Resource and Risk: Youth Sexuality and New Media Use

Abstract

Some contemporary moral panics orbit around youth sexuality and new media use. This article addresses those moral panics by investigating teenagers’ practices regarding new media and sexuality. New media technologies are central parts of young people’s social, romantic, and sexual lives. These communication technologies are important in their practices of meeting, dating, and breaking up. New media technologies also provide important resources about sexual health and identities. However, these informational and relational resources are not equally available to all young people. Indeed use and access to new media technologies often mirrors the contemporary ordering of economic, racialized, and gendered power. Additionally, while youth are aware of online safety practices, some youth are more vulnerable to online risks than others.

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Notes

  1. 1.

    MSN is an instant messaging service.

  2. 2.

    Between 2004 and 2008, the percentage of teens who said they use email declined from 89% to 73% (Jones and Fox 2009).

  3. 3.

    While youth have largely moved to Facebook from MySpace, when youth were on MySpace, one’s location in another’s “top eight” friends signified the importance and seriousness of their friendship or romantic relationship.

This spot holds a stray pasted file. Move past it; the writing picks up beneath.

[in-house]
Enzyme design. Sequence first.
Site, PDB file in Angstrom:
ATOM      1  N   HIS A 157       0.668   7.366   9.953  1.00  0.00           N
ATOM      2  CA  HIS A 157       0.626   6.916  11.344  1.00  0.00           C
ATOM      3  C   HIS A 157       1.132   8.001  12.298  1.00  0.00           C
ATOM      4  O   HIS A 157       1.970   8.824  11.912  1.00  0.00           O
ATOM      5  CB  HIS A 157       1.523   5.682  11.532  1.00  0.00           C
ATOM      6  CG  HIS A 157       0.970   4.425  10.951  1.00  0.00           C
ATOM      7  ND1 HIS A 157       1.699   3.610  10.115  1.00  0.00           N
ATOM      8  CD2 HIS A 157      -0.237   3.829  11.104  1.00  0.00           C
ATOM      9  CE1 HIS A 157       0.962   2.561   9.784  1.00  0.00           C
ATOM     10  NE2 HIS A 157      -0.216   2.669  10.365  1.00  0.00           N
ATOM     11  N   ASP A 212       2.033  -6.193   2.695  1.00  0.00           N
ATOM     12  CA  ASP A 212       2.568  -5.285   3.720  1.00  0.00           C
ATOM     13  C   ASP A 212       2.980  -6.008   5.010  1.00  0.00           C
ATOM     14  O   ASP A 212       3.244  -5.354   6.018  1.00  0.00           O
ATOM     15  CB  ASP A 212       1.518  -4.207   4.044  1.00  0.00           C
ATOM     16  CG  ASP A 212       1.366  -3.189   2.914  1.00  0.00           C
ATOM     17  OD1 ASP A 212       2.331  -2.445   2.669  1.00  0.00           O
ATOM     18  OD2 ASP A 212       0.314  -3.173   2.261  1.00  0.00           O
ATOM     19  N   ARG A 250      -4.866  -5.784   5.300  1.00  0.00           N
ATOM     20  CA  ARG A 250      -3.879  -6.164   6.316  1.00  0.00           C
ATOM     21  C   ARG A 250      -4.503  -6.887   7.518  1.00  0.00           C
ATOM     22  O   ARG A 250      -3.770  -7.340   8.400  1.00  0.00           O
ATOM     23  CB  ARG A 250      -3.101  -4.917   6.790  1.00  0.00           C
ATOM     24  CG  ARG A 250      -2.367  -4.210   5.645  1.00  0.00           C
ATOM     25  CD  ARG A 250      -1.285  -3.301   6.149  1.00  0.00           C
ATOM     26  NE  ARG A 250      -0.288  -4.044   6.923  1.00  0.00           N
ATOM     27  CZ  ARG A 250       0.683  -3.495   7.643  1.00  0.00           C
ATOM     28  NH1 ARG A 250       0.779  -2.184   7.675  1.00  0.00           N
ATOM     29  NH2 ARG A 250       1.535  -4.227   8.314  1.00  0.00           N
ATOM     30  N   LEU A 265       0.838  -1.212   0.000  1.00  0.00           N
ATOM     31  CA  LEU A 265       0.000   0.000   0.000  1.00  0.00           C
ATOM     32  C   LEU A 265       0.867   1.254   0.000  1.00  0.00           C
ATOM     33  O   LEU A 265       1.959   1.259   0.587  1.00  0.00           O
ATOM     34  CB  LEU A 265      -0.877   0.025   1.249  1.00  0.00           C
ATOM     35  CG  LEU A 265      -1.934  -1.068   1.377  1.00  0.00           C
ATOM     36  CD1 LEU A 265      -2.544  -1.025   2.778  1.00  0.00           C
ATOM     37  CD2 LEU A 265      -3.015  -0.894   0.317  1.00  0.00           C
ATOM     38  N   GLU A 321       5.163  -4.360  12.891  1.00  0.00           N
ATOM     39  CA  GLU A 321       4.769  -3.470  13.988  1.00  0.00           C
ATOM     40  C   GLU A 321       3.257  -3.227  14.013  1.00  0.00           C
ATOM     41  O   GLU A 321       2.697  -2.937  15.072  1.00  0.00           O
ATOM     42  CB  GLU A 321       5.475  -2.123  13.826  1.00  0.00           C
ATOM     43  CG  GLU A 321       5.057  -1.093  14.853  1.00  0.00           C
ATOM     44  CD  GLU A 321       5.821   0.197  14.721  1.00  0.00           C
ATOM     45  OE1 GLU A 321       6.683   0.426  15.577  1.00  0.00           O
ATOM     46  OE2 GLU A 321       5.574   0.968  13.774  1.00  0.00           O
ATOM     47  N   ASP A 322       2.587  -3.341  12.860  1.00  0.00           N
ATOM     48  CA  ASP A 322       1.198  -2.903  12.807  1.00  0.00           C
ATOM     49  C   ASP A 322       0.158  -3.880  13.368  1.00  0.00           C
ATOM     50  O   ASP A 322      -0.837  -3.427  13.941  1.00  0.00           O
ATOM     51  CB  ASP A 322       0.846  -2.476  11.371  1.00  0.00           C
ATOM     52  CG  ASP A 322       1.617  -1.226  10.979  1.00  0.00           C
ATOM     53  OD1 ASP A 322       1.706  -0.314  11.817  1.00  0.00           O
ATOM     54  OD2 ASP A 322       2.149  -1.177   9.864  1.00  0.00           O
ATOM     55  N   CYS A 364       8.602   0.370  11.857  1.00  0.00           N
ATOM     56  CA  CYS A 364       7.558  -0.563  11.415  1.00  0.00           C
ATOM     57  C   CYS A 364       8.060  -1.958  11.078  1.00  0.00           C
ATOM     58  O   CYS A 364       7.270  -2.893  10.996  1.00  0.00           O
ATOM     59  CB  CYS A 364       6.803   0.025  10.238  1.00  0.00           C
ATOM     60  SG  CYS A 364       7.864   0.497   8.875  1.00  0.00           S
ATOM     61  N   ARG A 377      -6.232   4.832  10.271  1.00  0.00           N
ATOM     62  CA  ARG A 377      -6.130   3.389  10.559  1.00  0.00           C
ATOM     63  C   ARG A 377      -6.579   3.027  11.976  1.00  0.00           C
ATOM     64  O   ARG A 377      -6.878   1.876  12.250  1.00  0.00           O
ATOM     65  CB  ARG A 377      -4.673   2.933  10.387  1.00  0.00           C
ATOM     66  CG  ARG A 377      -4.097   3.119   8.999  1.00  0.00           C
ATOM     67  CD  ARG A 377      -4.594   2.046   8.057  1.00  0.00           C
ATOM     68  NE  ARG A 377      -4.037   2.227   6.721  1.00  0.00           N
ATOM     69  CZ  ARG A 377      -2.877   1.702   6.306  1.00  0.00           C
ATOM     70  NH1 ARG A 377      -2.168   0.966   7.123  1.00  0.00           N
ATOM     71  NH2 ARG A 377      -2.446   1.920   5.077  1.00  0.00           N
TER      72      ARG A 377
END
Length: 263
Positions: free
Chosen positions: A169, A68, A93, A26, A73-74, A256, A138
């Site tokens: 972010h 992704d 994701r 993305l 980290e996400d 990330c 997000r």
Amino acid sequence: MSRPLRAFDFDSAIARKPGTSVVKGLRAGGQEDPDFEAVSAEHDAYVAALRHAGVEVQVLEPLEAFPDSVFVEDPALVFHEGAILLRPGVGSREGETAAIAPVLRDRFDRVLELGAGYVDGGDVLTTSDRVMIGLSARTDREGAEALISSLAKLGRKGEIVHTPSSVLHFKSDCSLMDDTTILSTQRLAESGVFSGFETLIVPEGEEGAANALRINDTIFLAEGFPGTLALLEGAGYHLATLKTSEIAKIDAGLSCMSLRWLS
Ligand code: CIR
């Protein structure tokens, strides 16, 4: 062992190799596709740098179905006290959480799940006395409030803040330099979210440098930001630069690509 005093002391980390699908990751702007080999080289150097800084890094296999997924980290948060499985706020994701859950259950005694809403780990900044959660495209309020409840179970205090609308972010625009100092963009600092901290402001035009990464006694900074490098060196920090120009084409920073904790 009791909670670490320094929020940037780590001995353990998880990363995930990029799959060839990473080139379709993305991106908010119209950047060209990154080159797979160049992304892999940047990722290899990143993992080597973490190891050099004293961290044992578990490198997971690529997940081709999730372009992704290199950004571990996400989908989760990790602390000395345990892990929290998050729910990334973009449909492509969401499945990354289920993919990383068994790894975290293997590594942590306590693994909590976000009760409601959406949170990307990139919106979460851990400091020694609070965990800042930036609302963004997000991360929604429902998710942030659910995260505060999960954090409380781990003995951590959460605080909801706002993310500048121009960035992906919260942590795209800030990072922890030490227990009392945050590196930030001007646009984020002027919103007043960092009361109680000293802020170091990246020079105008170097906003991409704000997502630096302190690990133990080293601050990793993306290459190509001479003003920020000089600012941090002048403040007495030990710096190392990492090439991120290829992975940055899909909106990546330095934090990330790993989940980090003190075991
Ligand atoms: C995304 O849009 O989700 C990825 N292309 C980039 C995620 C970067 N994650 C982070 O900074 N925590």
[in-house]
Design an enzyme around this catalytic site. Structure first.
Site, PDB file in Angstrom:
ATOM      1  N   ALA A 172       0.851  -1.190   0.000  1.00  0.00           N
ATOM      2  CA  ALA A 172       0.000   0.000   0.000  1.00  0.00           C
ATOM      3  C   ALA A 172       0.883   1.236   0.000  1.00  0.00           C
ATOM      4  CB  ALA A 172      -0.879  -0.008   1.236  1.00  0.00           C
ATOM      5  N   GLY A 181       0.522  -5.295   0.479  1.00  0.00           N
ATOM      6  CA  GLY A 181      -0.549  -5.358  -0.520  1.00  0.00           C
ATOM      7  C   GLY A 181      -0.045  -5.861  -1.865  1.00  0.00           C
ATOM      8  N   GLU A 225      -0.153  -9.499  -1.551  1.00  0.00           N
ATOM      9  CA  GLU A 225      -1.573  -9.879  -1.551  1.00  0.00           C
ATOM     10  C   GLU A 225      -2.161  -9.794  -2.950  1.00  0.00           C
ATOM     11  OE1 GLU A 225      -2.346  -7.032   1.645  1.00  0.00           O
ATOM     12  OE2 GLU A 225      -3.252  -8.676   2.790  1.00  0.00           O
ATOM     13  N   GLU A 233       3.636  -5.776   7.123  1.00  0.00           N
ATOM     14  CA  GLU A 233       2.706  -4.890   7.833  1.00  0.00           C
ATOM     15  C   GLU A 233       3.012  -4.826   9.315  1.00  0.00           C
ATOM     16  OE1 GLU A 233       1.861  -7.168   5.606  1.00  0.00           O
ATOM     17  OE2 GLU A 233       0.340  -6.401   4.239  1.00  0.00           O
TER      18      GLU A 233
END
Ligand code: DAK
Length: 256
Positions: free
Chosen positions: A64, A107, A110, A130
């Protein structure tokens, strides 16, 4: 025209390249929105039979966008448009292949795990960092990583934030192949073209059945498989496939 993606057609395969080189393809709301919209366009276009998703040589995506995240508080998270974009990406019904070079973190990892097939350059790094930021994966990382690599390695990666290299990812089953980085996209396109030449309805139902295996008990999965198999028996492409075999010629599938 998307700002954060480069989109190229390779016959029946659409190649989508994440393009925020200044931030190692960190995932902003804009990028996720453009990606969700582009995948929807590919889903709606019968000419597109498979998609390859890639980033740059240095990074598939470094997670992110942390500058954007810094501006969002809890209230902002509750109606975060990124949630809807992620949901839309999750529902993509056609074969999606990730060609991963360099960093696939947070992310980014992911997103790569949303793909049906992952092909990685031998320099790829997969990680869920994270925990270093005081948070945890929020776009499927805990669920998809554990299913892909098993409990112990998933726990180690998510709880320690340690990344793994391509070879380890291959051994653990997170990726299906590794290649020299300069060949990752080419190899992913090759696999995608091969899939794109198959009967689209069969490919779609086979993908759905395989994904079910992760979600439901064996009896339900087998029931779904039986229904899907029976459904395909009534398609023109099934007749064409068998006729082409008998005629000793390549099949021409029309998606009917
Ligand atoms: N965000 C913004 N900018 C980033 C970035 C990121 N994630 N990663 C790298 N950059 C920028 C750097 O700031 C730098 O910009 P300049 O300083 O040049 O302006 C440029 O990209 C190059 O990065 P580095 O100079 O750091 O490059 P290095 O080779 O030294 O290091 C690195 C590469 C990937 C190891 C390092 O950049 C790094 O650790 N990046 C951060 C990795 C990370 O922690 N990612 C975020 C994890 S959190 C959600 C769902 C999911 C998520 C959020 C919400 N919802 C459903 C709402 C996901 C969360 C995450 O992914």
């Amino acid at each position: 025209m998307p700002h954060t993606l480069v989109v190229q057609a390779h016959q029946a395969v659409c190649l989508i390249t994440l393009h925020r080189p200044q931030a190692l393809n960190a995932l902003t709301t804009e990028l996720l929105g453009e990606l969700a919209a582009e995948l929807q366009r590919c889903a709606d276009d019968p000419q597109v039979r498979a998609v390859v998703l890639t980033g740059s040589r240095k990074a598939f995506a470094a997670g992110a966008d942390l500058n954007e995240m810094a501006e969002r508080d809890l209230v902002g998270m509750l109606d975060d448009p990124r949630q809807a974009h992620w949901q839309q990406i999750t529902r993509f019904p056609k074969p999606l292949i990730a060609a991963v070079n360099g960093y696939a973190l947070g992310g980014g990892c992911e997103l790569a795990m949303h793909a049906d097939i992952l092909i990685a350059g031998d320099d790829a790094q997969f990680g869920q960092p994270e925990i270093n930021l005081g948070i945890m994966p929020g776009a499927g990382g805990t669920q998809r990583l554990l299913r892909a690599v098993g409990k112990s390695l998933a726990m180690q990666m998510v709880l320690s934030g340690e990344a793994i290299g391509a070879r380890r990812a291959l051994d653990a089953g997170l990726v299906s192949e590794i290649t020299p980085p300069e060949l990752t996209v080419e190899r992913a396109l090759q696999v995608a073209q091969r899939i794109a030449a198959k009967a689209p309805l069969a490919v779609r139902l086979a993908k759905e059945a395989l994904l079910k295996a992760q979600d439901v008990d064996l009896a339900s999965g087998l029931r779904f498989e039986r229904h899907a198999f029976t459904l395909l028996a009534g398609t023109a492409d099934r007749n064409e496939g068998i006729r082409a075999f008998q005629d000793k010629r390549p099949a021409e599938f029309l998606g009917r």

4. 4.

    These policies recently changed under the administration of Barack Obama. Government funding is no longer limited to those programs which promote abstinence (Rabin 2010).

  5. 5.

    The BrdsNBz Text Message Warm Line can be found here: http://appcnc.org/brdsnbz-text-message-warm-line.

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Acknowledgments

This research was funded by the Catherine T. and John D. MacArthur Foundation. The author acknowledges the generous assistance of Sara Diefendorf, Christo Sims, and two anonymous reviewers for their contribution to this manuscript.

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Correspondence to C. J. Pascoe.

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This article is drawn from the keynote lecture Encouraging Sexual Literacy in a Digital Age: Teens, Sexuality and New Media given at The Virtual Sex Ed: Youth, Race, Sex and New Media Conference at the University of Chicago, June 4th, 2009.

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Pascoe, C.J. Resource and Risk: Youth Sexuality and New Media Use. Sex Res Soc Policy 8, 5–17 (2011). https://doi.org/10.1007/s13178-011-0042-5

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Keywords

  • Youth
  • Sexuality
  • Technology
  • New media
  • Adolescence
  • Gender